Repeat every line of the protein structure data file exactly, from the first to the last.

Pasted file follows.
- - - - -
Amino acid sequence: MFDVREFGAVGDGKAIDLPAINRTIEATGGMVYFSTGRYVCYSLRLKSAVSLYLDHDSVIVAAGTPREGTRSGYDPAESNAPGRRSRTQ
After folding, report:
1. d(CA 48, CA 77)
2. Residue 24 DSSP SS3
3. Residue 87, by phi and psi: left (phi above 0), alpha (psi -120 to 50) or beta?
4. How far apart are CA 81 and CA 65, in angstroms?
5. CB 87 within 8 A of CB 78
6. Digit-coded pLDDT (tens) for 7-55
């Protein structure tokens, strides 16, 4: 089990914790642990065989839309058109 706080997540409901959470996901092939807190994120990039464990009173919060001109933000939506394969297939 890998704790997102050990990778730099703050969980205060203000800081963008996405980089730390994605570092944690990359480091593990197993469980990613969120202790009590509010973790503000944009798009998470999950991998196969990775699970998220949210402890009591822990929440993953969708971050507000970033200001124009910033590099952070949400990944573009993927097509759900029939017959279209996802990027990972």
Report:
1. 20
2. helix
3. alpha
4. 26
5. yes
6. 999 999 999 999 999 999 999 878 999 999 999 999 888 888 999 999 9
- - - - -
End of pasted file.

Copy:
Amino acid sequence: MFDVREFGAVGDGKAIDLPAINRTIEATGGMVYFSTGRYVCYSLRLKSAVSLYLDHDSVIVAAGTPREGTRSGYDPAESNAPGRRSRTQ
After folding, report:
1. d(CA 48, CA 77)
2. Residue 24 DSSP SS3
3. Residue 87, by phi and psi: left (phi above 0), alpha (psi -120 to 50) or beta?
4. How far apart are CA 81 and CA 65, in angstroms?
5. CB 87 within 8 A of CB 78
6. Digit-coded pLDDT (tens) for 7-55
């Protein structure tokens, strides 16, 4: 089990914790642990065989839309058109 706080997540409901959470996901092939807190994120990039464990009173919060001109933000939506394969297939 890998704790997102050990990778730099703050969980205060203000800081963008996405980089730390994605570092944690990359480091593990197993469980990613969120202790009590509010973790503000944009798009998470999950991998196969990775699970998220949210402890009591822990929440993953969708971050507000970033200001124009910033590099952070949400990944573009993927097509759900029939017959279209996802990027990972």
Report:
1. 20
2. helix
3. alpha
4. 26
5. yes
6. 999 999 999 999 999 999 999 878 999 999 999 999 888 888 999 999 9